The flight of the Big Bird (part 4)
The origins, development, and operations of the KH-9 HEXAGON reconnaissance satellite
In 1995 President Bill Clinton signed an executive order that declassified the CORONA satellite program and also called for a review of the declassification of other reconnaissance satellite programs. CORONA was declassified with much fanfare, including a well-attended historical symposium held at The George Washington University in Washington, DC. The CIA, and to a lesser extent the National Reconnaissance Office, received much positive publicity in the form of dozens of news articles, television segments, and a couple of documentaries on the CORONA program.
Although Clinton’s executive order did not name them, the other programs scheduled for declassification review were GAMBIT and HEXAGON. Over the next several years that review took place within several agencies of the intelligence community. Whereas the NRO leadership apparently had opposed the declassification of CORONA, new leadership at the NRO—namely NRO Director Keith Hall—favored the declassification of GAMBIT and HEXAGON and declared that the film-return technology used in these programs was no longer sensitive.
A number of people at the NRO, who believed that CORONA should not be declassified, had apparently come to believe that GAMBIT and HEXAGON, and even other aspects of the NRO’s work, no longer needed to be as highly classified as they had been. The security environment had changed after the end of the Cold War, and there was a new attitude emanating from the White House that technology developed for intelligence and national security should be disseminated to the civilian world. Some NRO employees looked forward to the day when they could actually tell their families and friends at least some of what they did in their jobs, and certainly some enjoyed the recognition for the intelligence community’s past achievements with CORONA.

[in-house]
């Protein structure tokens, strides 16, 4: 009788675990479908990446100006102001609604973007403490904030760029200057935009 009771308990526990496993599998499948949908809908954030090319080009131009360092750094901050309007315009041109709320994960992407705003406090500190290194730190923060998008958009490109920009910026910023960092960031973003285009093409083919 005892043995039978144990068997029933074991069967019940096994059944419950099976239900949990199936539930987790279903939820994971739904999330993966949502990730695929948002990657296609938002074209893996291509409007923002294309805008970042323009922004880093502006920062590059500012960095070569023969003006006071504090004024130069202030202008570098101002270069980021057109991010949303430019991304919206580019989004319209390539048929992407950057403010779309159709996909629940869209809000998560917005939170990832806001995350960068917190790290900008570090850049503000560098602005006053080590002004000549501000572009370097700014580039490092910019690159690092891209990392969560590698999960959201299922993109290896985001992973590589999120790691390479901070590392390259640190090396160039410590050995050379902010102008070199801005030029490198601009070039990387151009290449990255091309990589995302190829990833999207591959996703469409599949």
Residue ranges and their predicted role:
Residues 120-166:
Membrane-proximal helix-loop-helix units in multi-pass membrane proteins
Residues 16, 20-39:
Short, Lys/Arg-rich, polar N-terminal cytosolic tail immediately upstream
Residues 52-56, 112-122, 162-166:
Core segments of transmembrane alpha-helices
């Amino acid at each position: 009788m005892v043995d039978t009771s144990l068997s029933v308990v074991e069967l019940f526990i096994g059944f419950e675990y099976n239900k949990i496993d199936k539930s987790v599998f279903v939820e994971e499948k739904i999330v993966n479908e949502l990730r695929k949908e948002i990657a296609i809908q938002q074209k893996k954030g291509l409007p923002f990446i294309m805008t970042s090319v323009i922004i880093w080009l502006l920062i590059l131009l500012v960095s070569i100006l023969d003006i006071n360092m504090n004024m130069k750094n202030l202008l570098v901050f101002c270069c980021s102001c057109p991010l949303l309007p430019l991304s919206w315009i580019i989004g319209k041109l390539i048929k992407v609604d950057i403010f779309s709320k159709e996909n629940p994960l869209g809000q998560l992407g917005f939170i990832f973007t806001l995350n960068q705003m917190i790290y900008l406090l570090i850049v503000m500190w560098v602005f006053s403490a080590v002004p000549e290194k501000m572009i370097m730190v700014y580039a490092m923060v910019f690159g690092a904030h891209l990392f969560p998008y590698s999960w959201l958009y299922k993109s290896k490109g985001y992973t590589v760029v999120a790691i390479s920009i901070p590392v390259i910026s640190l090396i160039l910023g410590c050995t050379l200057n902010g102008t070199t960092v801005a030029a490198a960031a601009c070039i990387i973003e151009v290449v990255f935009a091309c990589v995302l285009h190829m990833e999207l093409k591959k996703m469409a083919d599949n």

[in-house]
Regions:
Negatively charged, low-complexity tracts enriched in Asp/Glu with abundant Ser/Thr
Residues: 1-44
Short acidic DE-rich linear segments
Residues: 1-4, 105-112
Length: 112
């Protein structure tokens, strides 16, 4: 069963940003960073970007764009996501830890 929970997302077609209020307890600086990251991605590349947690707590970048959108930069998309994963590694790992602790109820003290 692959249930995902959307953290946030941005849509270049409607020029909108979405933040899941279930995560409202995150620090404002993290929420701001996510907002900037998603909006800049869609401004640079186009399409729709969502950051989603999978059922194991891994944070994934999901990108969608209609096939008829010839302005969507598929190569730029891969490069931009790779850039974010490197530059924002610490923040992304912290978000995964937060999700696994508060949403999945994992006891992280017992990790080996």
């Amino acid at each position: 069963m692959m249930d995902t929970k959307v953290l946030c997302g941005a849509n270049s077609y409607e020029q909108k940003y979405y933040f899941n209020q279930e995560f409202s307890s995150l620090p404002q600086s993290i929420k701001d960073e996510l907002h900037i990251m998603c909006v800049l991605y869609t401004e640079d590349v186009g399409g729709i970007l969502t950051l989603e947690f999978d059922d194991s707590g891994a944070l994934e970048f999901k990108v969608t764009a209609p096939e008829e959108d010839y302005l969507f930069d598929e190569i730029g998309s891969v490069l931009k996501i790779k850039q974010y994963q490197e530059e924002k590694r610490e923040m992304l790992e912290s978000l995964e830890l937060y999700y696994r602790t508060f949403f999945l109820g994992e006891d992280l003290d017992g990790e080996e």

As the declassification effort progressed, in 1997 NRO Director Hall paid a visit to the Smithsonian’s National Air and Space Museum in Washington, DC. Hall told curators there that he had a couple of large objects that could be donated to the Smithsonian. (See “The invisible Big Bird: why there is no KH-9 spy satellite in the Smithsonian”, The Space Review, November 8, 2004.) One of these objects may be a GAMBIT satellite, although details about it are limited. The other object is the KH-9 HEXAGON engineering test camera. This camera was probably constructed in the mid-1960s before Perkin-Elmer engineers began work on the first flight hardware. It served as a working model for the flight camera. If Perkin-Elmer followed common spaceflight engineering practice, this camera was used on the ground to simulate problems experienced by HEXAGON cameras in orbit. For example, if a KH-9 satellite suffered from higher than normal temperatures in orbit, Perkin-Elmer’s engineers could expose their test camera to similar temperatures and see how that affected its performance. In addition, proposed upgrades to the camera system would have been incorporated into the test camera and tested prior to final approval to introduce them into the next KH-9 camera for flight. Considering that the KH-9 operated for a decade and a half, there were probably a number of upgrades introduced during its lifetime and tested on this device.
NRO Director Hall provided the rough dimensions for the artifact that would be donated to the Smithsonian and it was clear to the curators that there was no place to put it in the museum. Hall suggested that maybe it could be displayed in a tent in front of the museum, on the National Mall, but the curators nixed that idea. Washington’s summers are hot and humid and occasionally include violent thunderstorms, and irreplaceable artifacts can be damaged in such an environment. If the KH-9 test camera had been declassified, it is unclear where or if it could have been publicly displayed. Smithsonian curators indicated that the best place to display the KH-9 camera system was in their proposed Dulles Annex facility, then scheduled for construction by 2003. The museum had a plexiglass model of the new building and into it they had placed a number of figures for aircraft that would be put on display. The curators added a small one in the shape of the Hubble Space Telescope engineering model that was in the main museum, and labeled it “KH-9.”